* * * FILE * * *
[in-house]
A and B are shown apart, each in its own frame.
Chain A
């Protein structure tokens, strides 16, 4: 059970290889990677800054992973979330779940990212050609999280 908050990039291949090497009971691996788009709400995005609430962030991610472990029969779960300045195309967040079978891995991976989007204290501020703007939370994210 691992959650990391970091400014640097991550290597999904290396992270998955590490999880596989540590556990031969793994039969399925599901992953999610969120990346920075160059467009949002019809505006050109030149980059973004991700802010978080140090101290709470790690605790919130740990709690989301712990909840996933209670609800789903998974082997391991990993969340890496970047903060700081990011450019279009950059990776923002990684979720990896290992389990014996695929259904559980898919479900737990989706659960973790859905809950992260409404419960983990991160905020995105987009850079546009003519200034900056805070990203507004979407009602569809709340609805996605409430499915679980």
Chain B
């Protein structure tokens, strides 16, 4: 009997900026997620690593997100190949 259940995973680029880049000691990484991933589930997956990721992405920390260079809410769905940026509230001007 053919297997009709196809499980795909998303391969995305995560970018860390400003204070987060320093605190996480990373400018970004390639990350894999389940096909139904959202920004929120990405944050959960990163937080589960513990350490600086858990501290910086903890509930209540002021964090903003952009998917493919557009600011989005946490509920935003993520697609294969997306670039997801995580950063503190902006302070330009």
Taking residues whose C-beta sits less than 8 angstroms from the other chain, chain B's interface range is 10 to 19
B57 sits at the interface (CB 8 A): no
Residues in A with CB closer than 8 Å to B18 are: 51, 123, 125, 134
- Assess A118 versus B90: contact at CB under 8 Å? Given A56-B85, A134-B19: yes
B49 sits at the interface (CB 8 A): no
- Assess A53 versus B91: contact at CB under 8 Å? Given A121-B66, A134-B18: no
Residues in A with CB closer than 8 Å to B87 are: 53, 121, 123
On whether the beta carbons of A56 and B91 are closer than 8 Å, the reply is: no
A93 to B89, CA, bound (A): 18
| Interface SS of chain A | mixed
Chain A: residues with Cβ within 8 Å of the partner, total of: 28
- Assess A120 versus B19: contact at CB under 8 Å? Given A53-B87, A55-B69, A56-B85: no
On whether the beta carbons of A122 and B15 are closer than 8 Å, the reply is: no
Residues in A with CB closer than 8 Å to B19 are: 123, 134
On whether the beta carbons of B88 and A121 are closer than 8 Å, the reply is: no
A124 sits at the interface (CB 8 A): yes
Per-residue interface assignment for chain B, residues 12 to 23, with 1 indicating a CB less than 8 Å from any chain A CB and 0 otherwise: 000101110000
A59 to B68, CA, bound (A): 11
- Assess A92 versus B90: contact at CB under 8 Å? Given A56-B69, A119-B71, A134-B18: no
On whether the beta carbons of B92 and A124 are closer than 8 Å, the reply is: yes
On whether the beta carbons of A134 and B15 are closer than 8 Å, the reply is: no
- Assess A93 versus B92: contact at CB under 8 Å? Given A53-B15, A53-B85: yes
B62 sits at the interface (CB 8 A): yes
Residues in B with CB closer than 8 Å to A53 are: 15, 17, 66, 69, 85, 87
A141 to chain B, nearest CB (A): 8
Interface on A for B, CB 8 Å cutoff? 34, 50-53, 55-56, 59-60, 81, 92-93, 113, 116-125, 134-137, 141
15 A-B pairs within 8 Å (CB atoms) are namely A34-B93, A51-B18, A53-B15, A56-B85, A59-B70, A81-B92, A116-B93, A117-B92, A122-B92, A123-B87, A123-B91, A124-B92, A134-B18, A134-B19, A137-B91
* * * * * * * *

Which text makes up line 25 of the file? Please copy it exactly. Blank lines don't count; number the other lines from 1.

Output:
- Assess A92 versus B90: contact at CB under 8 Å? Given A56-B69, A119-B71, A134-B18: no